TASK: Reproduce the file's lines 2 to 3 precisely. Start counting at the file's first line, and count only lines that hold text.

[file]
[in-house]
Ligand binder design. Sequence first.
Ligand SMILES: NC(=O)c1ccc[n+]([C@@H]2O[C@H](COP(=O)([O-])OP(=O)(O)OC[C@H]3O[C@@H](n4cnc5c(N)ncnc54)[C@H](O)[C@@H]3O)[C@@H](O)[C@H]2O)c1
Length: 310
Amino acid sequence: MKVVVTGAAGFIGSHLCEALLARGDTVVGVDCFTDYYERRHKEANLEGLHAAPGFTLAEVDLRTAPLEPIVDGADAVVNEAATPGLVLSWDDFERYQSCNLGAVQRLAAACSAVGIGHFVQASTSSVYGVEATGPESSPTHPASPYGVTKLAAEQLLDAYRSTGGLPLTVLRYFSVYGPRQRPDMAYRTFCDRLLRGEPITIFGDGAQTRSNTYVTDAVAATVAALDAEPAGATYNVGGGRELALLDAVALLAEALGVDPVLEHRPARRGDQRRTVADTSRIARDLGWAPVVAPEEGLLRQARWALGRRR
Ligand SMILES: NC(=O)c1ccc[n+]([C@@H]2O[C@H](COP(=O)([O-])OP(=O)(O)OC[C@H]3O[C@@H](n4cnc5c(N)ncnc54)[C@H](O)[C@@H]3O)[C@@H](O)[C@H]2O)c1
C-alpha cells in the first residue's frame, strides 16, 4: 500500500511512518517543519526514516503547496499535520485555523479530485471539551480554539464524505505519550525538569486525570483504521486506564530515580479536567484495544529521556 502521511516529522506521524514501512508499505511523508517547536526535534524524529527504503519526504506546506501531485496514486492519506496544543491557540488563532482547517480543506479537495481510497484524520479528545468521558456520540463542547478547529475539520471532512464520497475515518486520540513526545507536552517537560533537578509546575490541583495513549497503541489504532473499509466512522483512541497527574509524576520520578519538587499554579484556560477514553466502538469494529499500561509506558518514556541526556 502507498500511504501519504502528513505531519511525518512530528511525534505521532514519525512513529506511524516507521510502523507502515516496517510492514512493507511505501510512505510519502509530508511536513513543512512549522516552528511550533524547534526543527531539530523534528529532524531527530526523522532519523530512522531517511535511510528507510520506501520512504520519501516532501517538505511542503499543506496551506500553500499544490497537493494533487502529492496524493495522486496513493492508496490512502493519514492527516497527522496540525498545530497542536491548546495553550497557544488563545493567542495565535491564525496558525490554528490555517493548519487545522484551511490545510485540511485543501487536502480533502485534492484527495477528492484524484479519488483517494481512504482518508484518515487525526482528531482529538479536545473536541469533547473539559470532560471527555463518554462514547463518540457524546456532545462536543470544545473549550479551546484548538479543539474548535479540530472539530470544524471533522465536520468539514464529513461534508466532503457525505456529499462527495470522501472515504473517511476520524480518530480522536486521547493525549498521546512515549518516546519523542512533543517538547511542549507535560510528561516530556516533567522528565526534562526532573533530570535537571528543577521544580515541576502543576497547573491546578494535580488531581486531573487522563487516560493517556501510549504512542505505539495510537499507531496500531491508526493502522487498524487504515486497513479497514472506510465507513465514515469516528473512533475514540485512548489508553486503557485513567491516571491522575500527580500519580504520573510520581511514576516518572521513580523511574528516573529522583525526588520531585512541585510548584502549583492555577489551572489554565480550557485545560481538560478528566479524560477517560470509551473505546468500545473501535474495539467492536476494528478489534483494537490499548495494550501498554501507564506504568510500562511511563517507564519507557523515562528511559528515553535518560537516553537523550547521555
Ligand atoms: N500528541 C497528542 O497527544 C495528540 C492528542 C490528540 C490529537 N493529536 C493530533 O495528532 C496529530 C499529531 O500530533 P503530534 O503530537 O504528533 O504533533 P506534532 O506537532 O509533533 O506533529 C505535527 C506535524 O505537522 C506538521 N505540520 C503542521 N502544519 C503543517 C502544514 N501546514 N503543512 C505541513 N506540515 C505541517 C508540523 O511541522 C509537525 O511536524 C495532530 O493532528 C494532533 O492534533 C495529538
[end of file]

Ligand binder design. Sequence first.
Ligand SMILES: NC(=O)c1ccc[n+]([C@@H]2O[C@H](COP(=O)([O-])OP(=O)(O)OC[C@H]3O[C@@H](n4cnc5c(N)ncnc54)[C@H](O)[C@@H]3O)[C@@H](O)[C@H]2O)c1